Ebola outbreak in violence-plagued DRC a worst-case scenario

Ebola outbreak in violence-plagued DRC a worst-case scenario

Recently, several rebel militia members fighting over the northeastern corner of the Democratic Republic of the Congo (DRC) died of Ebola. Rebels dying from Ebola is a development that merits deeper examination.
The fact that Ebola, which has killed more than 500 people in this outbreak, is now truly mixing with the country’s violent landscape is a complicating factor, as international health care officials are developing an inoculation ring in Rwanda, Uganda and South Sudan that began in mid-January. In effect, a program of spatial containment is being instituted.
This Ebola outbreak is the second worst case so far. Luckily, experimental vaccination programs are working, but administering these programs in violence-prone areas is difficult at best. DRC Health Minister Oly Ilunga Kalenga said that the vaccination program had been administered to 76,425 people and had prevented “thousands” of deaths by stopping the spread of Ebola to “big cities.” The vaccine is not 100 percent effective as it is still experimental. International health authorities are concerned that the disease can still spread.
The DRC security situation is most problematic in the east of the country, where dozens of armed militias struggle over resources such as gold, diamonds, copper and coltan for profit and power. The area is home to the vast majority of the country’s 70 armed groups, all pursuing shifting local and national agendas. Most of them are small, numbering less than 200 fighters, but the havoc they have wreaked over decades, especially in North and South Kivu, have made eastern DRC the epicenter of deadly violence and humanitarian crises. This mix makes treating Ebola problematic, as this is the first time that an Ebola outbreak is occurring in an area with daily violence. The DRC’s ongoing instability caused by militia activity is creating mistrust in the population toward health workers.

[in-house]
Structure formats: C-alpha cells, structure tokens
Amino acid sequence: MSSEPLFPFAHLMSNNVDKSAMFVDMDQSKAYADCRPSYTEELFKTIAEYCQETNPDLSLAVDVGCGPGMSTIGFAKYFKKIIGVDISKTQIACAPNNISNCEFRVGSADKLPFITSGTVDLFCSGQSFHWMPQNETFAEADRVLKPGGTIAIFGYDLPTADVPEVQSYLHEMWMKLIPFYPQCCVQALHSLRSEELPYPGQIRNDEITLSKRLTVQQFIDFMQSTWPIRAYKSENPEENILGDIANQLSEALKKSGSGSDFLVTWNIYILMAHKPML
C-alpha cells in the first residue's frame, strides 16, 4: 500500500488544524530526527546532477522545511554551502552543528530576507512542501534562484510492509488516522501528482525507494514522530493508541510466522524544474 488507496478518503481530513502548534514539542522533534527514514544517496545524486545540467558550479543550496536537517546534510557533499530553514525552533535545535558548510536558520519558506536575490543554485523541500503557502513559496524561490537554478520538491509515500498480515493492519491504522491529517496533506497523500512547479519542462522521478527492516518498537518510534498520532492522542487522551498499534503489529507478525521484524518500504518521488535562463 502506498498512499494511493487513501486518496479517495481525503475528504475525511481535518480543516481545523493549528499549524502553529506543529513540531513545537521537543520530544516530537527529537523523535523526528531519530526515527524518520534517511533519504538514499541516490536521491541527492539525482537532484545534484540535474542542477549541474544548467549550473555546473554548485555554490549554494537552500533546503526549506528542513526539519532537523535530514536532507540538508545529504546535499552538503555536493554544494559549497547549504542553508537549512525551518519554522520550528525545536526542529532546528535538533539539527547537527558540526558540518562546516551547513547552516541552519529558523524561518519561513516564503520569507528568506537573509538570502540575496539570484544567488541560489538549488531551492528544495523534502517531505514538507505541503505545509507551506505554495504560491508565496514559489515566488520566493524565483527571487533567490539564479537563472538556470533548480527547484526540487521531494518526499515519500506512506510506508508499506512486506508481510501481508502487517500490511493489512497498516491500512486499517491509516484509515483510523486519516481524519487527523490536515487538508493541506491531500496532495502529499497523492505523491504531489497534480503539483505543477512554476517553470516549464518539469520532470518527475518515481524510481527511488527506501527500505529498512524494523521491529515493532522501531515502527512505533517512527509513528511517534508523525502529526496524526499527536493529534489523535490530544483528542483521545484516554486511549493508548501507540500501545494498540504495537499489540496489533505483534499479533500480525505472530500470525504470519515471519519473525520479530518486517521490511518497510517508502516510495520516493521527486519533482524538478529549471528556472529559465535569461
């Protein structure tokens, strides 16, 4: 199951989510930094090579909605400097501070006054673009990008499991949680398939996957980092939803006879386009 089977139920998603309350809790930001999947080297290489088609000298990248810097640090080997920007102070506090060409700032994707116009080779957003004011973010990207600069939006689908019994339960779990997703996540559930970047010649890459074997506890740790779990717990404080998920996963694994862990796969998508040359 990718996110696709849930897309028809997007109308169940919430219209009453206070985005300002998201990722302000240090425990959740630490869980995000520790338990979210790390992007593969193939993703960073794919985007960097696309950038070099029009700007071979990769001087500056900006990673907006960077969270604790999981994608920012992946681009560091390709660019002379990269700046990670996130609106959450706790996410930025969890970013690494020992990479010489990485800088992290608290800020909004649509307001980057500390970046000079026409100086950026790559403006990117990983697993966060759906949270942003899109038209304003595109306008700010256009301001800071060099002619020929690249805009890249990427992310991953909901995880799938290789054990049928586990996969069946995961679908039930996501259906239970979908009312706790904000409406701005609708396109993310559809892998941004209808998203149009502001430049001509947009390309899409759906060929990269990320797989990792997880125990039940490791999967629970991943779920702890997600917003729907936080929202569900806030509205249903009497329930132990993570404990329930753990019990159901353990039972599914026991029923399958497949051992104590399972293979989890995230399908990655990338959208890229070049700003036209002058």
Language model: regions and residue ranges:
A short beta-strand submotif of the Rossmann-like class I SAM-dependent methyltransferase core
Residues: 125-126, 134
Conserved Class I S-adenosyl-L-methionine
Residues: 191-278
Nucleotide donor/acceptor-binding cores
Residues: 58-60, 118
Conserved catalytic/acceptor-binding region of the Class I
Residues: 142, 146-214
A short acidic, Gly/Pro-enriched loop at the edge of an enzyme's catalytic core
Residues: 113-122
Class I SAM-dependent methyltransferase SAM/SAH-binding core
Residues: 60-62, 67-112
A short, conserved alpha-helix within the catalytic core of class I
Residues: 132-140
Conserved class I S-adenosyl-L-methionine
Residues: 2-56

For international aid organizations, this is a worst-case scenario, where victims carrying a deadly disease are unable to be treated because of attacks by machete-carrying rebels with heavy caliber weaponry. An attack by the Allied Democratic Forces (ADF) late last year killed 18 people in the town of Beni, halting local efforts to contain the spread of Ebola through this unstable area.

The DRC’s ongoing instability caused by militia activity is creating mistrust in the population toward health workers.

Dr. Theodore Karasik


Armed militias that target DRC civilians and foreign aid workers make it difficult, if not impossible, for response teams to reach and work in the nation’s most isolated areas — a serious issue since the beginning of this outbreak. The ADF militia was initially created by rebels to oppose Ugandan President Yoweri Museveni, but the rebel group has also focused operations on the DRC’s North Kivu province.